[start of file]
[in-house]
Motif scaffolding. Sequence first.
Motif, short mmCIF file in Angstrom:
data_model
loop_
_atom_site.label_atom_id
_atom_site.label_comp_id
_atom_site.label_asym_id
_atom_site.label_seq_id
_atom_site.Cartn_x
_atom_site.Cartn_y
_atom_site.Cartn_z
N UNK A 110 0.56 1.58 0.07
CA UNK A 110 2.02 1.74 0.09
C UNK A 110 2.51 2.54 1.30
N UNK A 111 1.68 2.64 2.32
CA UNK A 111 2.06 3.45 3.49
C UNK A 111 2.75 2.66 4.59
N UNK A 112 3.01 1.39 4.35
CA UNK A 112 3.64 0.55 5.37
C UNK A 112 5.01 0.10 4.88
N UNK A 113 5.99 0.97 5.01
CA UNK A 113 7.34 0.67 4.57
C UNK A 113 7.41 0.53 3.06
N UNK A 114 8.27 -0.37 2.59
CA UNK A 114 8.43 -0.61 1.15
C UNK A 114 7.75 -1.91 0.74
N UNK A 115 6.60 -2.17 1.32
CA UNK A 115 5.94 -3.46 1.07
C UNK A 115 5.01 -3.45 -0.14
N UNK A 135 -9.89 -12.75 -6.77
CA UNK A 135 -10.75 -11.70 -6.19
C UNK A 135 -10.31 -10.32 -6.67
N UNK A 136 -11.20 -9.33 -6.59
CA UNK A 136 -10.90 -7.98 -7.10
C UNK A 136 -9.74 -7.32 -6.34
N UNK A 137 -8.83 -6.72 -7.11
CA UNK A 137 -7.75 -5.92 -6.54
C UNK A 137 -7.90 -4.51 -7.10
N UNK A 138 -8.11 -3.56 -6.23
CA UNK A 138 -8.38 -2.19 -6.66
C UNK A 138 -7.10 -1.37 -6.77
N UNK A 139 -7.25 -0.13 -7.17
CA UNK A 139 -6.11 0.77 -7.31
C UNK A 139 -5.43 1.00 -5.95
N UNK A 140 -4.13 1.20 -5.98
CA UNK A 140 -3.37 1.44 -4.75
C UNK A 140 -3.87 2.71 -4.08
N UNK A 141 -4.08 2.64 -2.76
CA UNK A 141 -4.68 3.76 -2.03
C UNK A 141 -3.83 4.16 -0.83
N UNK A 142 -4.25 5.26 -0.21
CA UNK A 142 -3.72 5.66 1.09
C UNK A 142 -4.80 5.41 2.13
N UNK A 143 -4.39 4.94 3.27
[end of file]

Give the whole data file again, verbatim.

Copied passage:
[in-house]
Motif scaffolding. Sequence first.
Motif, short mmCIF file in Angstrom:
data_model
loop_
_atom_site.label_atom_id
_atom_site.label_comp_id
_atom_site.label_asym_id
_atom_site.label_seq_id
_atom_site.Cartn_x
_atom_site.Cartn_y
_atom_site.Cartn_z
N UNK A 110 0.56 1.58 0.07
CA UNK A 110 2.02 1.74 0.09
C UNK A 110 2.51 2.54 1.30
N UNK A 111 1.68 2.64 2.32
CA UNK A 111 2.06 3.45 3.49
C UNK A 111 2.75 2.66 4.59
N UNK A 112 3.01 1.39 4.35
CA UNK A 112 3.64 0.55 5.37
C UNK A 112 5.01 0.10 4.88
N UNK A 113 5.99 0.97 5.01
CA UNK A 113 7.34 0.67 4.57
C UNK A 113 7.41 0.53 3.06
N UNK A 114 8.27 -0.37 2.59
CA UNK A 114 8.43 -0.61 1.15
C UNK A 114 7.75 -1.91 0.74
N UNK A 115 6.60 -2.17 1.32
CA UNK A 115 5.94 -3.46 1.07
C UNK A 115 5.01 -3.45 -0.14
N UNK A 135 -9.89 -12.75 -6.77
CA UNK A 135 -10.75 -11.70 -6.19
C UNK A 135 -10.31 -10.32 -6.67
N UNK A 136 -11.20 -9.33 -6.59
CA UNK A 136 -10.90 -7.98 -7.10
C UNK A 136 -9.74 -7.32 -6.34
N UNK A 137 -8.83 -6.72 -7.11
CA UNK A 137 -7.75 -5.92 -6.54
C UNK A 137 -7.90 -4.51 -7.10
N UNK A 138 -8.11 -3.56 -6.23
CA UNK A 138 -8.38 -2.19 -6.66
C UNK A 138 -7.10 -1.37 -6.77
N UNK A 139 -7.25 -0.13 -7.17
CA UNK A 139 -6.11 0.77 -7.31
C UNK A 139 -5.43 1.00 -5.95
N UNK A 140 -4.13 1.20 -5.98
CA UNK A 140 -3.37 1.44 -4.75
C UNK A 140 -3.87 2.71 -4.08
N UNK A 141 -4.08 2.64 -2.76
CA UNK A 141 -4.68 3.76 -2.03
C UNK A 141 -3.83 4.16 -0.83
N UNK A 142 -4.25 5.26 -0.21
CA UNK A 142 -3.72 5.66 1.09
C UNK A 142 -4.80 5.41 2.13
N UNK A 143 -4.39 4.94 3.27